Glossary of terms used in Pronto


Pronto is an acronym for PRocess ONTOlogie (credits: Michael Oosterhout, 2007).

The name Pronto is a derivative of the title of the book “Enterprise Ontology” (WorldCat, Google Books, GoodReads) written in 2006 by Jan Dietz.


NL: Prontologie

Prontology is a combination of Pronto and Ontology (credits: Hans Mulder, 2008).

The reasoning behind this combination is the goal of Pronto. The goal of Pronto is to quickly comprehend the essence of an Enterprise. An Enterprise can be a company or an organization.

Knowing the essence of an Enterprise should improve the change, decision and governance of this Enterprise.


Ontology is a term originating from the philosophy (Wikipedia, Stanford.Plato).

The Webster dictionary defines ontology as: “a branch of metaphysics concerned with the nature and relations of being”

The central question of ontology is: What is the essence of being?

(Business) Domain

NL: (Bedrijfs)domein

A business domain is the organizational unit that has her own accountability.

Accountability, also known as end-responsibility, is pivotal in Pronto. Accountability is directly linked to chains and to the ownership of transactions, processes and information (etc).


Accountability is the primary concern in Pronto. Pronto does not focus on responsibility.

Accountability is connected with end-responsibility and ownership.

Responsibility vs. accountability is about the difference between effort and result. The difference between responsible and accountable is the difference between who executes the task, and who is having the end-responsibility for the correct execution and the quality of the result.

Accountability covers the moments before (e.g. transactions and implement processes), during (e.g. monitoring and reporting) and after (take responsibility and accountability).

Who is accountable defines the rules and can do business. Who is responsible follows the rules and executes actions.

Super-/ Sub- Domain

NL: Super-/sub-domein

A hierarchical positioning above or under another business domain. A Super-Domain is able to define the rules a sub-domain needs to adhere to. The accountability of a domain is limited by the rules defined by the super-domain. The limitation of accountability can be the result of a transaction.

graph TB;
    A((Super-domain))-- rules -->B((Sub-domain))

Product/ Service

NL: Product / Dienst

The (physical) product or (non-physical) service satisfies the need of the customer. The reason of existence (purpose) of a domain is to have a value proposition (produces/ services) that is consumed by customers. This can be consummation by persuasion (free market) or via mandatory consummation (for example from the government).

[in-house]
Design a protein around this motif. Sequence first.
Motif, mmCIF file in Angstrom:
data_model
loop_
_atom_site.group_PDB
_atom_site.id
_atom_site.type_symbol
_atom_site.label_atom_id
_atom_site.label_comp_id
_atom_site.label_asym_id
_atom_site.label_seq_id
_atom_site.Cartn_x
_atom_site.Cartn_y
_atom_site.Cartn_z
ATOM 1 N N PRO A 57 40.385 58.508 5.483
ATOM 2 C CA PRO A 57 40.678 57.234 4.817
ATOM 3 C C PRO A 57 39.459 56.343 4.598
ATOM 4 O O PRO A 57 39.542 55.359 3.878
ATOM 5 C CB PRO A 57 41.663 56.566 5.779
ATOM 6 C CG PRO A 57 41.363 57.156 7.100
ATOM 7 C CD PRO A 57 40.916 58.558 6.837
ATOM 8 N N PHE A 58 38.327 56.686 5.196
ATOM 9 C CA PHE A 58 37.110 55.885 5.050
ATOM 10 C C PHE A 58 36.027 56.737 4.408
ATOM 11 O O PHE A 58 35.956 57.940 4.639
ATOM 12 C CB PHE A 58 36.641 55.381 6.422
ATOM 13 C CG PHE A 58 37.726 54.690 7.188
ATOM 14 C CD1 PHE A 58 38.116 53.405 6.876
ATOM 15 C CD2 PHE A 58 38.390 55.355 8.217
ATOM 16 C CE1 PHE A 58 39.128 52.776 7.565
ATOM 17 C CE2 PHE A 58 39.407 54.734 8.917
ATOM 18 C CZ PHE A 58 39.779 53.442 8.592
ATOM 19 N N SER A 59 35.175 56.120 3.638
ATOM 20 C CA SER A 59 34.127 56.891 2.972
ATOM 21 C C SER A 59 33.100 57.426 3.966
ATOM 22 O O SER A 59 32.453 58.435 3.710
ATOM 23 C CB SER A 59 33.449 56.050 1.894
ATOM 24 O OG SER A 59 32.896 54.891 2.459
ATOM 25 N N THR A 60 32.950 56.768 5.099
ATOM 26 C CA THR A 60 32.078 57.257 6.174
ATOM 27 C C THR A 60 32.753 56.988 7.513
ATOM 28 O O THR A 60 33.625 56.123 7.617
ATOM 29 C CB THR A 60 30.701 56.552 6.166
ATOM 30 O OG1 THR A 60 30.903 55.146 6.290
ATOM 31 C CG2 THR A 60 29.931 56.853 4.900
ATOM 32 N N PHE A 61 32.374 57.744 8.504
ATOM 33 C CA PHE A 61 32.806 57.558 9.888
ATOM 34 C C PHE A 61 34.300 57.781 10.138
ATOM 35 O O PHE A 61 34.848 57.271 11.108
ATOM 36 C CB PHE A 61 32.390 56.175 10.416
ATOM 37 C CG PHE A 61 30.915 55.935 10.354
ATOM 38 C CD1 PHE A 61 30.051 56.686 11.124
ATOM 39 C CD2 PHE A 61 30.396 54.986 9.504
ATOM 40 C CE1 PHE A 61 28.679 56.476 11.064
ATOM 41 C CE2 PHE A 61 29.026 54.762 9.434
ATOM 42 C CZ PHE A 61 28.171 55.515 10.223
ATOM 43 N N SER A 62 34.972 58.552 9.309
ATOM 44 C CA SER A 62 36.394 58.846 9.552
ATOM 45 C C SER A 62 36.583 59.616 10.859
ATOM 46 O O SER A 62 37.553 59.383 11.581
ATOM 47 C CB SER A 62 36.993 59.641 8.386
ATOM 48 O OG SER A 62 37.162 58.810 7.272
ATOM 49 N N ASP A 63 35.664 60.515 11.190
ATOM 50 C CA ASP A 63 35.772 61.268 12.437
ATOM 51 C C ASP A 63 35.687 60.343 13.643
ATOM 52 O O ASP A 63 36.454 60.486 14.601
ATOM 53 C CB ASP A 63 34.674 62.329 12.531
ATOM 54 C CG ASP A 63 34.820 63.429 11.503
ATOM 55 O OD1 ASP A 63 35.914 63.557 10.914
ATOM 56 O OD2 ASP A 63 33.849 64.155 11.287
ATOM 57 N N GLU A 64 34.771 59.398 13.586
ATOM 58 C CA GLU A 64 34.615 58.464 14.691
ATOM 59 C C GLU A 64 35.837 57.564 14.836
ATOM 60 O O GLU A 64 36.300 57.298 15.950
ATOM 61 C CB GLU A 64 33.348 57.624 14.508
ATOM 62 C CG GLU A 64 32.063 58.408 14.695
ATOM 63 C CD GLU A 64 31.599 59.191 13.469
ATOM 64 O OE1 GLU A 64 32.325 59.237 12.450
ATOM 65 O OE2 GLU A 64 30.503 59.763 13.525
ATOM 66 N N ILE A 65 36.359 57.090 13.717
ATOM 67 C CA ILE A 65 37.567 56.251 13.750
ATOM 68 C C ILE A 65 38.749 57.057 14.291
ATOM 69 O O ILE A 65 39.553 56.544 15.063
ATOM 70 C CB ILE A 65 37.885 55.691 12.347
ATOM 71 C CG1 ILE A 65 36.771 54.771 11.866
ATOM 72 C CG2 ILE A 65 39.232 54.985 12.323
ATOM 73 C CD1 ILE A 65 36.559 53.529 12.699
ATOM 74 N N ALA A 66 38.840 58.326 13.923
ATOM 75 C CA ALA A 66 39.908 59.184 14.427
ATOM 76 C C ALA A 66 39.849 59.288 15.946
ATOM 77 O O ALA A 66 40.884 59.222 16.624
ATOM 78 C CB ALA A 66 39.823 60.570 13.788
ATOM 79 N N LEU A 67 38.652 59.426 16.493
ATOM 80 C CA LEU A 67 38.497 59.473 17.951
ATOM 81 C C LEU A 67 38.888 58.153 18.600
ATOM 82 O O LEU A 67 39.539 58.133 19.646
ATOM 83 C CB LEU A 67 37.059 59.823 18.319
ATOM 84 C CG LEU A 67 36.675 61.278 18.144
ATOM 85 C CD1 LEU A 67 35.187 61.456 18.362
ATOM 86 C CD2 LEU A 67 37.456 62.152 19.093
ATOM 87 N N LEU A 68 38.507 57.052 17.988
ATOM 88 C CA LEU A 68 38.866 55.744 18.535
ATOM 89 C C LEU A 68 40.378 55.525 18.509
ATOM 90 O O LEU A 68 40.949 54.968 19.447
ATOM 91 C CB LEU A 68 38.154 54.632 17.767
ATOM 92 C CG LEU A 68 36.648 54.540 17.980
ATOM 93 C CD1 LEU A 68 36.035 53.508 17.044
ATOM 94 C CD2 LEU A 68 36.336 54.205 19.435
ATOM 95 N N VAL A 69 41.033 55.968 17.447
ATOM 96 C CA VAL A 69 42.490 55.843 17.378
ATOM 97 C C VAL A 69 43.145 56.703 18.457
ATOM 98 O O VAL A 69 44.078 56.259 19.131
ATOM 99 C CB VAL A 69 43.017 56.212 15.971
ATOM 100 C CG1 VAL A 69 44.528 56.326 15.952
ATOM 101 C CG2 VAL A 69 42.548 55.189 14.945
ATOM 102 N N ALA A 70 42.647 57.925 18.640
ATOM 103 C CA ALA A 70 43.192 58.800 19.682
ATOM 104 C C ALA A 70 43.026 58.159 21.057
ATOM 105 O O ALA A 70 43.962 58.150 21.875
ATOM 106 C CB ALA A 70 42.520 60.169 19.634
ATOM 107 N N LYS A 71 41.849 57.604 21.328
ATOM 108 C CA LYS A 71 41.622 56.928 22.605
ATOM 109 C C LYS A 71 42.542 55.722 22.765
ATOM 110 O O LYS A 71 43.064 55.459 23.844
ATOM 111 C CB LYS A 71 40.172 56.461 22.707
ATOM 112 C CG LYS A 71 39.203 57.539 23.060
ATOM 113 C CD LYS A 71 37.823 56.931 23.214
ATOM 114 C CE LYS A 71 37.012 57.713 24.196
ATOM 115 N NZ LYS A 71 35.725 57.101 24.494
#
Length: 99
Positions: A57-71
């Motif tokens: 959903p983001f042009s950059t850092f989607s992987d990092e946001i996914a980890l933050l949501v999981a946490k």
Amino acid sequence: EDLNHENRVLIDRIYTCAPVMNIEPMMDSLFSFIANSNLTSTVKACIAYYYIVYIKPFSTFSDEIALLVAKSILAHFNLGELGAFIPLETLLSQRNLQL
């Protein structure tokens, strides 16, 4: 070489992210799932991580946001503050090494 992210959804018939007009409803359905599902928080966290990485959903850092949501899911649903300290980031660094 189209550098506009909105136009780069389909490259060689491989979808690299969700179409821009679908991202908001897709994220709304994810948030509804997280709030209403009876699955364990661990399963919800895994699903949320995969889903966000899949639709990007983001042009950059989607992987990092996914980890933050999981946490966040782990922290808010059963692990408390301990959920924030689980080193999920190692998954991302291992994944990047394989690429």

Business Operations

NL: Bedrijfsvoering

The essential activities and ways how an enterprise produces and delivers their products/ services to their customers.

Essential is here used in the context of what is discovered and modeled by using Pronto.

(Business) Transaction

NL: (Bedrijfs)transactie

A transaction (type) is a building block of the business operation. A transaction is a tool to visualize (and design) the supply of a product or services to a customer.

A transaction describes in a structured way the collaboration between two domains and the mutual agreed commitments.

The customer is accountable and therefore is also a domain in itself.

Important Concepts

The base premise for the transaction is the customer - supplier model. This model is closely linked to the concept of providing a service or product and receiving compensation in return.

The transactions used in Pronto are a derivative from the transactions described by Jan Dietz in 2006 in his book Enterprise Ontology.

Delivering a product or services consists out of multiple customer transaction in co-existence. Every transaction is a possible “unit of re-use” for other business chains.


NL: Klant

The customer is the requesting party (actor) in the business transaction. A customer has a need and the supplier has the ability to satisfy this need.

A customer outside of the Enterprise is identified as the end-customer. A customer can also be from inside of the Enterprise as for example the requesting party in the transaction between two business domains.

In Pronto by default the customer is the end-customer. See also “Business Chain”.

(Business) Process

NL: (Bedrijfs)proces

A Business Process is the transaction translated into one business process. One transaction leads to one and only one business process. Every business process is therefore part of the business essence. The supplier is owner of the transaction and therefore the supplier is the owner of the business process.

Work Process

NL: Werkproces

A work process is also called an operational process. is a more detailed design of (part of) the business process.

An example of a more detailed design is for example a flow-chart.

A detailed design is not part of the essence, therefor a the work process is not part of Pronto and Pronto models.

(Business) chain

NL: (Bedrijfs)keten

To satisfy the customers need it is common for multiple domains to be involved. Domains can (only) collaborate via transactions between the domains. To satisfy the customers’ needs a chain of transactions is involved.

Synonyms for business chain are: value chain, transaction chain, process chain.

Customer Transaction

NL: Klanttransactie

A customer transaction is in Pronto synonym to a transaction. A customer transaction is the transaction that delivers the product/ service to the customer.